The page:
Return to the Mountains: Back to the MAX

Since my fateful and educational collision with a tree at Stratton in early December, I watched my social media feeds with a mixture of jealousy and anticipation as the east got some good early season snow. Surely, I thought, Ullr’s bloodthirst was slaked due to my offering, and he was preparing the mountains for my return.

Then, right on schedule, came the January thaw. All of that glorious fluff gone thanks to two days of rain and near-60-degree weather. I began to dread the ice that would follow as I now fear ice in a way I hadn’t before. But as I kept an eye on the forecast and saw that some areas were due to get up to eight inches of fresh snow, I grew excited and decided to head up north for the first time in six weeks.

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MAX Pass Adventures: Stratton

When we decided to spring for the M.A.X. Pass this year, I was confident we would get our money’s worth. Killington, Pico, Gore and Whiteface are all favorites. Belleayre and Windham are close to home, family-friendly mountains that I knew I could bring my kids and have a good time. But Stratton and Okemo were unknown to me.

stratton square

I’d heard that both hills were a bit bland, serving as playgrounds for wealthy city people, but it was my goal to use our MAX Passes to spread our wings. We’d already skied the Catskills a few times this season and this past Saturday was our first chance to venture farther: a day-trip to Stratton with Junior, my oldest son.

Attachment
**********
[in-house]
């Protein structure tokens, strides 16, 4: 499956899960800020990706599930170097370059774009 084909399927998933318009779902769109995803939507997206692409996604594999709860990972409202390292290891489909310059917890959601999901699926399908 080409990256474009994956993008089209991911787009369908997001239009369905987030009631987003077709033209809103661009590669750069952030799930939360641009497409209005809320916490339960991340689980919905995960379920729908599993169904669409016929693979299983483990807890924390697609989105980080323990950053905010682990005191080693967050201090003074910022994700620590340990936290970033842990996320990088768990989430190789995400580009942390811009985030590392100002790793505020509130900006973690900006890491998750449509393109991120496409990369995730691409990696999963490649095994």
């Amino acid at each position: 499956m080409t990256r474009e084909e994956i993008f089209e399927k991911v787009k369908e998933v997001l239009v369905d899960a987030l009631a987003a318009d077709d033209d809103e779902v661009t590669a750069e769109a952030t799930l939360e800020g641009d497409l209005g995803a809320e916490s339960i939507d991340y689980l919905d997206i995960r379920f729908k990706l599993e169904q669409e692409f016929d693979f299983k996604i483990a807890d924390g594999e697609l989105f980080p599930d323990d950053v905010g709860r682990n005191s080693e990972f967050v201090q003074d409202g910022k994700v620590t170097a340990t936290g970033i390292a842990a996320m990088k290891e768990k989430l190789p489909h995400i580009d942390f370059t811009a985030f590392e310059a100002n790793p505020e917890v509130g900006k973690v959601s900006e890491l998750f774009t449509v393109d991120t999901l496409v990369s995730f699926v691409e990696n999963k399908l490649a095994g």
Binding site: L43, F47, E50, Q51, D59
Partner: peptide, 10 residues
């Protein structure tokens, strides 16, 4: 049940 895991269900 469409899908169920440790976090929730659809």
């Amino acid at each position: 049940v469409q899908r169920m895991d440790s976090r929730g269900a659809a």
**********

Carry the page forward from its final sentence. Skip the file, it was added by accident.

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Deep into a Steep Vermont December

In December 2016, on an early-season trip to Killington, our group planned to visit Okemo on the second day. Conditions in the region were typical for December—the snow was hard, crusty, and mostly manmade with a slick layer of ice hiding underneath. When I saw the next morning that Jay Peak had landed nearly two feet of surprise snowfall, I headed north in search of powder, with or without my friends.

I arrived to waist-deep powder runs on some of the steepest trails and glades in the northeast, making the day trip well worth the five hours of extra driving. That was my first day as a “powderhound,” obsessively checking the weather and allowing Mother Nature to steer my Subaru to the mountains I would visit.

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